Britain's public services are failing the homeless and the government needs to do more, a leading charity has said.
The London shelter could deal with 1.400 people in the next week
Crisis said the government needed to cut red tape and make it easier for homeless people to get help.
The charity's chief executive Shaks Ghosh said there needed to be "service navigators" to help homeless people find the services they needed.
But ministers said the government had recently invested £350m into services for the homeless.
More than 100,000 families face Christmas in temporary accommodation, government figures released to Liberal Democrat MPs showed.
The total rose by 55% over the last five years, the figures indicated.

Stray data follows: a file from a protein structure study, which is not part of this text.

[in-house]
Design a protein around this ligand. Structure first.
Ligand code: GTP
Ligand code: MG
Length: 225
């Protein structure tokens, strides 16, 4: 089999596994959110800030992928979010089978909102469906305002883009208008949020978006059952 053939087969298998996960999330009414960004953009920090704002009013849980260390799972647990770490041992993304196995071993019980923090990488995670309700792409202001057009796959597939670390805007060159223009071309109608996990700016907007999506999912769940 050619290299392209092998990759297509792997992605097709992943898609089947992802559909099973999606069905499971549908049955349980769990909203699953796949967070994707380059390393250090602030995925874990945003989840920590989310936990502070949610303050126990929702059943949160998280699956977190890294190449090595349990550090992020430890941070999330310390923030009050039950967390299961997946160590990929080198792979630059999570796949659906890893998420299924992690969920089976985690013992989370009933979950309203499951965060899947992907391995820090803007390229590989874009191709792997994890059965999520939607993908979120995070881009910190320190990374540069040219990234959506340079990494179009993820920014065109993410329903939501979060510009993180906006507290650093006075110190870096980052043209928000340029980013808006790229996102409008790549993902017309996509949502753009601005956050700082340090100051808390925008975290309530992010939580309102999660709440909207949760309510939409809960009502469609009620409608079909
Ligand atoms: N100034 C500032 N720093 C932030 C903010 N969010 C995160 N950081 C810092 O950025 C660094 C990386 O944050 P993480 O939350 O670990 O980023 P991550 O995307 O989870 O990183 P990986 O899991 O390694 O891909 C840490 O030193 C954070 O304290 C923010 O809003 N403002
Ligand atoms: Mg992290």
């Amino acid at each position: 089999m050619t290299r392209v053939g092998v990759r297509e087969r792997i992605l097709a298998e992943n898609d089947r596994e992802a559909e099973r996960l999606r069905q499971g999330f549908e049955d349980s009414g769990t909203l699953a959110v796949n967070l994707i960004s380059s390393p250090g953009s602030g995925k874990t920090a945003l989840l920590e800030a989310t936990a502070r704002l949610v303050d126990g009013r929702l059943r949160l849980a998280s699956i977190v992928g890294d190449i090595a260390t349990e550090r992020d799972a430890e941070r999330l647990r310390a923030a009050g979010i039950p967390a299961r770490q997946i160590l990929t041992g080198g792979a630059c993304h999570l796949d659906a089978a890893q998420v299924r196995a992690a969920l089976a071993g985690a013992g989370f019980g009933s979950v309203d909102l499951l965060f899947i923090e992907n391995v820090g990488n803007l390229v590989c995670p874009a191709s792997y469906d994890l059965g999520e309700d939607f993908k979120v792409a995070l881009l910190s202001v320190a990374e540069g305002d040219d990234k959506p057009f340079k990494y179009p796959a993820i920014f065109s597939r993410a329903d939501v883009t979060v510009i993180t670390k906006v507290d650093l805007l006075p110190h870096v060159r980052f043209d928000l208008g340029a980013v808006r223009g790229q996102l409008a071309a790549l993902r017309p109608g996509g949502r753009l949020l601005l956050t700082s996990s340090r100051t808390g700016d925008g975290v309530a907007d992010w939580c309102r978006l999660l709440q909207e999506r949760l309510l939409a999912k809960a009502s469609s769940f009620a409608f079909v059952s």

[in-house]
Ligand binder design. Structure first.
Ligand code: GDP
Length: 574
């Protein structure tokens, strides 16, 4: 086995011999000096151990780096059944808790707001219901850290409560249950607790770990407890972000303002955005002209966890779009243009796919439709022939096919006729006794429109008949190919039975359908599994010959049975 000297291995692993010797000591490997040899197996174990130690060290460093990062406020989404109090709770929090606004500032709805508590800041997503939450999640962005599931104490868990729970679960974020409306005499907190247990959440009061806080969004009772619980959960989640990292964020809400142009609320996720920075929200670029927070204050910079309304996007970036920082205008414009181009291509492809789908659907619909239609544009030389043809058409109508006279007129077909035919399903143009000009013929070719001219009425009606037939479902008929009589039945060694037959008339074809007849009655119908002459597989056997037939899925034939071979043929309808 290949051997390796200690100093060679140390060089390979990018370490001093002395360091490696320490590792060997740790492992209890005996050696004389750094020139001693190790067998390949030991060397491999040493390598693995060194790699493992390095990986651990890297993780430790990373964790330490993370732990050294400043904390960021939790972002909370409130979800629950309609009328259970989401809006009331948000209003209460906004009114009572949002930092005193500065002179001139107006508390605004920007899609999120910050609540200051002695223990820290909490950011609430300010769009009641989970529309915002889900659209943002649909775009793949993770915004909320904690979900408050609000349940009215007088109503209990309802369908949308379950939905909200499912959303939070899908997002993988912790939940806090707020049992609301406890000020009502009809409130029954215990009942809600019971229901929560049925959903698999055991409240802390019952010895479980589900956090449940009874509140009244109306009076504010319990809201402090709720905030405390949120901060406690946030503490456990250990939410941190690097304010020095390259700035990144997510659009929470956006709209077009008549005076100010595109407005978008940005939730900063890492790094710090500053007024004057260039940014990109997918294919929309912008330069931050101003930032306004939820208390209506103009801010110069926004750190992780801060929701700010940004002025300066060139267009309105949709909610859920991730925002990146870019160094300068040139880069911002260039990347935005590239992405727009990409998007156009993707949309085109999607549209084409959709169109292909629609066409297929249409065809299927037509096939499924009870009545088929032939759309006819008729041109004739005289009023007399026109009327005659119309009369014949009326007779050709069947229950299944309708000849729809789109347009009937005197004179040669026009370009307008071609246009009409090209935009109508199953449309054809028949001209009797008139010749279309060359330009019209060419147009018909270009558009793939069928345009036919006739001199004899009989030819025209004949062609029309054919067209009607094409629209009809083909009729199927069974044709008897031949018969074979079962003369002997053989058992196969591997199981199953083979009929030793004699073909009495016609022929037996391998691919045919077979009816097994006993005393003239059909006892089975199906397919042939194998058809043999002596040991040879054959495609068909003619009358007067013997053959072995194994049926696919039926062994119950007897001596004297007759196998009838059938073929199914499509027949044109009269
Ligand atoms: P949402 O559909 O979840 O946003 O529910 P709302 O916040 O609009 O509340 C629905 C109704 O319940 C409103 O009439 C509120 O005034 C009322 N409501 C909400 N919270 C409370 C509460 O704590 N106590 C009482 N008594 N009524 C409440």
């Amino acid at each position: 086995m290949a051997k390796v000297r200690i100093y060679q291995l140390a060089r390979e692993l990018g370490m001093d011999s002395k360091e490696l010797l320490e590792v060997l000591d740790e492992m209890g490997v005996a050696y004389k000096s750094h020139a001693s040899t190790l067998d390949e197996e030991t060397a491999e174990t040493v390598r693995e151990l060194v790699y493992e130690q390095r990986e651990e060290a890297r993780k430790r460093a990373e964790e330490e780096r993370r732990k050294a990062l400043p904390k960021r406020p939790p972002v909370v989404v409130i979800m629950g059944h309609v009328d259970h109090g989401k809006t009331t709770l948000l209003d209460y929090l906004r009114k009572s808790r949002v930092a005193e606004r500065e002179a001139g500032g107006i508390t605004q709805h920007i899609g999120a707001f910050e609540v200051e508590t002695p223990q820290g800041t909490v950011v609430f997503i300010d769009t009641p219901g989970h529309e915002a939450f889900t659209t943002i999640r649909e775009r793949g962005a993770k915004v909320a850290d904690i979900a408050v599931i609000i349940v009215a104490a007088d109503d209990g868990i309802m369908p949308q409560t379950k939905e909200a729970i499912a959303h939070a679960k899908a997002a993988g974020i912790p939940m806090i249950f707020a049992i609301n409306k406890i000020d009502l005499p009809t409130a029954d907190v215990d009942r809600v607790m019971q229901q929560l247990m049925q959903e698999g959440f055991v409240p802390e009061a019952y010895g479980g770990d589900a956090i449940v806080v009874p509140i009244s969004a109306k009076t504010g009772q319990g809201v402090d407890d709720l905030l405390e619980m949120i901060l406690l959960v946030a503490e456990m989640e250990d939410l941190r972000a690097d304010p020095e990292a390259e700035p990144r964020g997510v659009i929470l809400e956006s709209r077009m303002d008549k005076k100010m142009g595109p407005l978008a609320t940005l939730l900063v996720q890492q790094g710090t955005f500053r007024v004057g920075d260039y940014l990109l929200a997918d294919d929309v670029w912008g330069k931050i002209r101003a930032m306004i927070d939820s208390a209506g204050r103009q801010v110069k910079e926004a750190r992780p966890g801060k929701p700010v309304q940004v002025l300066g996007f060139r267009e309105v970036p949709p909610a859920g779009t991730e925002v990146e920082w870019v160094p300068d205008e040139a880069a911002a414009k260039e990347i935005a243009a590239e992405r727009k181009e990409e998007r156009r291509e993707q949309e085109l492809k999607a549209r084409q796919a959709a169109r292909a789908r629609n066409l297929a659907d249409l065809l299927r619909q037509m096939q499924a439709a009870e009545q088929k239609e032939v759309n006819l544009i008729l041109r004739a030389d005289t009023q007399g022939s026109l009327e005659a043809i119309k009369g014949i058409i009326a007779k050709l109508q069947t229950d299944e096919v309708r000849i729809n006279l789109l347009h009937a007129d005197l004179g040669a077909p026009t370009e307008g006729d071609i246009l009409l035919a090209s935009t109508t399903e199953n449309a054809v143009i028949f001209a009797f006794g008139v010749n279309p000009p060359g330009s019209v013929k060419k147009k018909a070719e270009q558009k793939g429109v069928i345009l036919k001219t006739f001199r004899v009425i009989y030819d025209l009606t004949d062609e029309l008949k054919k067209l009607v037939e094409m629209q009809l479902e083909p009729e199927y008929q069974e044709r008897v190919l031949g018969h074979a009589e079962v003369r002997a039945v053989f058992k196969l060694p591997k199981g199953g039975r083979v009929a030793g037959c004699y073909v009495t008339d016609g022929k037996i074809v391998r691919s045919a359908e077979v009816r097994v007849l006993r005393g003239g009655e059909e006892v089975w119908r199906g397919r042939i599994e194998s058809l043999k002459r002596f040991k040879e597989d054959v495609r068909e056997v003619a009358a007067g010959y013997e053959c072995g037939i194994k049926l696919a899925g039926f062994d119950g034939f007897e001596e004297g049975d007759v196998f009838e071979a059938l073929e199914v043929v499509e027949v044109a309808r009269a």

Lib Dem leader Charles Kennedy called on the government to take more action as he visited a drop-in centre for homeless people at the London Arena in Docklands, which is expected to be visited by 1,400 homeless people over the Christmas period.
It is one of six seasonal drop-in centres in the capital this Christmas.
He said: "The big concern is to make sure the people who are here this year do not have to come back next Christmas.
"As a society we could be more imaginative and I think as politicians we could be more imaginative to tackle homelessness."
The Office of the Deputy Prime Minister said it was financially supporting the Open Christmas event and "considerable progress" had been made to tackle homelessness.
Ms Ghosh said: "There are a lot of people who are just cycling around the housing system.
"Basically the problem is they are not getting the right kind of services at the right kind of time. There is a lot of bureaucracy and a lot of red tape."
The seasonal drop-in centre in Docklands has 28 different services including health and dental checks, hair cuts, as well as two sets of clean clothes.